Grey Granite found Kinkell Kirkyard quite by accident, noticing the Historic Scotland sign on the way to Inverurie from Keith Hall where Rufus was at the dog groomer's being spruced up.
The ruined kirk is situated in a tranquil setting close to the west bank of the Don, adjacent to a farm which seems to specialise in growing turf. Jervise (1875) records that 'a ferry boat has long plied upon the Don, opposite the old kirk'. Today the location is dominated by the huge paper mill on the far bank of the Don, the graves of several generations of the Tait family, who founded the paper mills and ran them for 137 years, are in the kirkyard.
Within the ruins is this extraordinary recycled gravestone, considered by Douglas Simpson to be the only authentic, contemporary memorial of the Battle of Harlow. Originally the slab commemorated at Knight, Gilbert de Greenlaw, who was slain at Harlow on 24 July 1411 and whose image, wearing highly detailed armour, is incised in the yellowish sandstone. The knight is cut off at the knees. This truncation probably occurred in 1592 when the stone was re-used by John Forbes of Ardmurdo whose memorial inscription in Latin runs round the margins of the reverse side of the stone.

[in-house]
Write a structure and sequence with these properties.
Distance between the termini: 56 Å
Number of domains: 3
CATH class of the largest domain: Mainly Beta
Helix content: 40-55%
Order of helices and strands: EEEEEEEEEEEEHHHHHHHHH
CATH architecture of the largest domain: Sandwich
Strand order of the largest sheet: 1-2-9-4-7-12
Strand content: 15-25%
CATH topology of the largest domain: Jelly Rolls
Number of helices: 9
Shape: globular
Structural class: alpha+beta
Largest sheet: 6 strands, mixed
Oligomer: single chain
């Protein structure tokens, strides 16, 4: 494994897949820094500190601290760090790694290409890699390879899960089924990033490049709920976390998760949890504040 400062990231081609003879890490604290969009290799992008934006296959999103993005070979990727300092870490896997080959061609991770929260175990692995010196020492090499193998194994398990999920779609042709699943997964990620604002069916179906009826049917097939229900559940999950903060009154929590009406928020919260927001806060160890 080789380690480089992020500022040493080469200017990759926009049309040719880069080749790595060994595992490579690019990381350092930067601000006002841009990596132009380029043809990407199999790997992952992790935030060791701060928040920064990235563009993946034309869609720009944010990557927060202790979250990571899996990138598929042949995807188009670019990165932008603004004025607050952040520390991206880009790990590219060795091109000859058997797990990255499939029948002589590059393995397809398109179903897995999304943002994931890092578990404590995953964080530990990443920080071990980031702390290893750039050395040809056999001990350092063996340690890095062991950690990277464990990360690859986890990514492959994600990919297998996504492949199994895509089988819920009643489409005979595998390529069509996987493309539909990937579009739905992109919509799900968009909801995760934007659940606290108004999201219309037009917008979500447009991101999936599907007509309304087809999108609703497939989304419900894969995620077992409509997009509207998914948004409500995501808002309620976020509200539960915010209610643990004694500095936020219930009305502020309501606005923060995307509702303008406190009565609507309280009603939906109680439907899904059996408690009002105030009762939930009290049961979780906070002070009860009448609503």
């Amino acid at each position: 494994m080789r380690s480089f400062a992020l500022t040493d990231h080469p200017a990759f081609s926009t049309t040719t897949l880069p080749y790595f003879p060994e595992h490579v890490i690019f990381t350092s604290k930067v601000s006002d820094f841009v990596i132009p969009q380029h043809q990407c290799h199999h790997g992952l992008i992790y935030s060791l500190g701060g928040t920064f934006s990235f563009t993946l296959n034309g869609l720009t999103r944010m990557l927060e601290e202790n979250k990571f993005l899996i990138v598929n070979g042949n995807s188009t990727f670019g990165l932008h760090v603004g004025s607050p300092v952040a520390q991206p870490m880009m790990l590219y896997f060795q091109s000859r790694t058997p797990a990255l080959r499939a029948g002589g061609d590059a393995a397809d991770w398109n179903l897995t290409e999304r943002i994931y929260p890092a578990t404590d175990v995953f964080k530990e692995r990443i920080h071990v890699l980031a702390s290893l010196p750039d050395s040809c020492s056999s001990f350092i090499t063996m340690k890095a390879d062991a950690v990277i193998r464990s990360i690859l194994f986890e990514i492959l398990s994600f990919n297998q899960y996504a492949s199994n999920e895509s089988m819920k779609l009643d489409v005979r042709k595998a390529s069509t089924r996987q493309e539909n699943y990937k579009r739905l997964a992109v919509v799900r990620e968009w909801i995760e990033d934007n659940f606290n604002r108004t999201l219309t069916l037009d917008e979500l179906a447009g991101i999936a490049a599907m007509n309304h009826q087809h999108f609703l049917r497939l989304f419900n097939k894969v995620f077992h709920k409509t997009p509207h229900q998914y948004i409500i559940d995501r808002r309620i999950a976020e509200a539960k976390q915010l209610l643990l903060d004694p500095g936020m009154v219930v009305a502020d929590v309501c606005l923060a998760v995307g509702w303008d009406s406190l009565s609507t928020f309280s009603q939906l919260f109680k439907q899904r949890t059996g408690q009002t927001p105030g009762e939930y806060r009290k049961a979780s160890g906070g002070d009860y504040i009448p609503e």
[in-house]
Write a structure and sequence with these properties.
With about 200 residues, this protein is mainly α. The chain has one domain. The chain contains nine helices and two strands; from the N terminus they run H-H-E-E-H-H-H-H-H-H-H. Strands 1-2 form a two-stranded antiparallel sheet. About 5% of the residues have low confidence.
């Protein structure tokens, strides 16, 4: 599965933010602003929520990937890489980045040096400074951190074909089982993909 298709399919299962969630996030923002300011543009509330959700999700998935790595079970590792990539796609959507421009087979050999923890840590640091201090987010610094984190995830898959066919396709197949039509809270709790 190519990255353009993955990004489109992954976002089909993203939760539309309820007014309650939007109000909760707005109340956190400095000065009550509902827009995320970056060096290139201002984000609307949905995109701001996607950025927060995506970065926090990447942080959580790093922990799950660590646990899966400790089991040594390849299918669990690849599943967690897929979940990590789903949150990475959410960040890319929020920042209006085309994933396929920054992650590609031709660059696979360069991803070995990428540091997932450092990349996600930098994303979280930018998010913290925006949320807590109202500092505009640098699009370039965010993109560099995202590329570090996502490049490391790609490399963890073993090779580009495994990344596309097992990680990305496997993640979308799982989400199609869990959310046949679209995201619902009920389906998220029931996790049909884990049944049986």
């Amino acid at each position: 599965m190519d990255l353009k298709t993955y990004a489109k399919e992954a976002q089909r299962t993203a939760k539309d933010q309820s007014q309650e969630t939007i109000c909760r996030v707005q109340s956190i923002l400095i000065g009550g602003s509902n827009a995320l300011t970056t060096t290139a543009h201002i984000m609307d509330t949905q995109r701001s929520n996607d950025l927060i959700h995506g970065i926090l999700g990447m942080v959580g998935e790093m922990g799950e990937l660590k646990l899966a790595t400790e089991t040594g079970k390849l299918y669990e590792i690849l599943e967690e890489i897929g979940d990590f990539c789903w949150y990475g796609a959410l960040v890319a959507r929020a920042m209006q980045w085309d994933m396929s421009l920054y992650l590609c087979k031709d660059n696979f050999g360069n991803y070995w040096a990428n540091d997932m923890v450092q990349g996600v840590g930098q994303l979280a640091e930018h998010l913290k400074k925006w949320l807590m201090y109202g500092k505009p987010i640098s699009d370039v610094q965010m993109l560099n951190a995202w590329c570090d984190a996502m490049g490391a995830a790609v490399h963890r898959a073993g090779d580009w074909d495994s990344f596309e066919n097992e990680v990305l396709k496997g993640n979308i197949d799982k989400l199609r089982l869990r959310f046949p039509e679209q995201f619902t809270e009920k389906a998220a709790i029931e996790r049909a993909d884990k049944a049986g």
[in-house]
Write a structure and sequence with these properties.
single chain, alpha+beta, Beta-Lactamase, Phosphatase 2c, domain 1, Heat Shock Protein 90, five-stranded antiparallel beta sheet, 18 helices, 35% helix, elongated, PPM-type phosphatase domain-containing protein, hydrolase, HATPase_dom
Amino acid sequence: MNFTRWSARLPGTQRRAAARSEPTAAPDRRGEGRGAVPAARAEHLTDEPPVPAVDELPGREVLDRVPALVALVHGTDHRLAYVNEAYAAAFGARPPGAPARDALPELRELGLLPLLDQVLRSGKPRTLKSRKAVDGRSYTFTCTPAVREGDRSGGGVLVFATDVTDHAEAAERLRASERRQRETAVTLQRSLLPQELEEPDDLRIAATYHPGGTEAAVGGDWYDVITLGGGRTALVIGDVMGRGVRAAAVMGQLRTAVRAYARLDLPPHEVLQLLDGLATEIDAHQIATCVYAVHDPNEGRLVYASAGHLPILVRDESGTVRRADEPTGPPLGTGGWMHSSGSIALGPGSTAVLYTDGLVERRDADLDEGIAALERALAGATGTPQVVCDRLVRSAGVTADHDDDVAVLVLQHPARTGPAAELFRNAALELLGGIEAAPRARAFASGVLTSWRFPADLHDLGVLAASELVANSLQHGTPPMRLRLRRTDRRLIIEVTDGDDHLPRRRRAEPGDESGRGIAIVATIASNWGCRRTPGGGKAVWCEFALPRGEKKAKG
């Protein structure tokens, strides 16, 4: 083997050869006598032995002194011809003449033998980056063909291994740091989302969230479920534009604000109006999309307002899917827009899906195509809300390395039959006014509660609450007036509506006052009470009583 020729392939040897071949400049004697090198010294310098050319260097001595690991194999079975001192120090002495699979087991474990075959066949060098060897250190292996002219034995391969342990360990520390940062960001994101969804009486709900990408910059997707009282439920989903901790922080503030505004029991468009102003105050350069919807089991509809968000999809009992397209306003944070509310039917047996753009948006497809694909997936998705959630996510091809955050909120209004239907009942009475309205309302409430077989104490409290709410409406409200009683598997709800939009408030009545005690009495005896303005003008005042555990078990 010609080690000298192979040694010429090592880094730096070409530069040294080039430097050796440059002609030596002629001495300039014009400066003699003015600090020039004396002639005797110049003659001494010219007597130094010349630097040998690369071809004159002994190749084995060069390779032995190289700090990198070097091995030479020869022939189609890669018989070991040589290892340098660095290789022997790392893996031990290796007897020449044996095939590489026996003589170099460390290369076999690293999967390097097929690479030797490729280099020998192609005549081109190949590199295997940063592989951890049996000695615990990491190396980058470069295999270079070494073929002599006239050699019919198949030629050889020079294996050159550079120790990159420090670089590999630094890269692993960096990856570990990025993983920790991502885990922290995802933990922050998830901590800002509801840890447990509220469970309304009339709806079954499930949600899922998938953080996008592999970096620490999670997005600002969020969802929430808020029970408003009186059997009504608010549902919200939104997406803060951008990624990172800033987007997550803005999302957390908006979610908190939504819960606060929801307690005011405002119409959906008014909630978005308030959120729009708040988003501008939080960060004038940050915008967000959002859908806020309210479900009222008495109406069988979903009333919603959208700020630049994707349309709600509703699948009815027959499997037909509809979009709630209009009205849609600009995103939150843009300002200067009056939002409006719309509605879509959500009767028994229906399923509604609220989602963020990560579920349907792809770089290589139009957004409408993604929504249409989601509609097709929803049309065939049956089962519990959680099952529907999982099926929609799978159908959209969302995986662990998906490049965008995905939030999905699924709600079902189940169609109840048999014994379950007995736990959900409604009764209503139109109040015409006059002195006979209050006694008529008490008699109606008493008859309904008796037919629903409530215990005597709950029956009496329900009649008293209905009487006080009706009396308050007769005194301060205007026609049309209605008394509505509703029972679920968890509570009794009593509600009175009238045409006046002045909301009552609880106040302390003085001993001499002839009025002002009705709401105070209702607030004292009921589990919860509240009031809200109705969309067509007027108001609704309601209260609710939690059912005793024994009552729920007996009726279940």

The carving on the reverse side of the Greenlaw stone includes the three boars heads and a hawk of the Forbes of Ardmurdo crest. The inscription round the edge reads 'Here lies, bright with honor, and adorned with saintly piety of character, John Forbes of Ardmurdo, fourth successor of his name (?) who died 8th July 1592, in the 66th year of his age.' Beneath the arms is a text in Greek (Philippians 1 verse 21)
A slab in the east gable of the church commemorating Dame Mary Gordon, wife of George Skene, minister who died 1st August 1712 aged 32.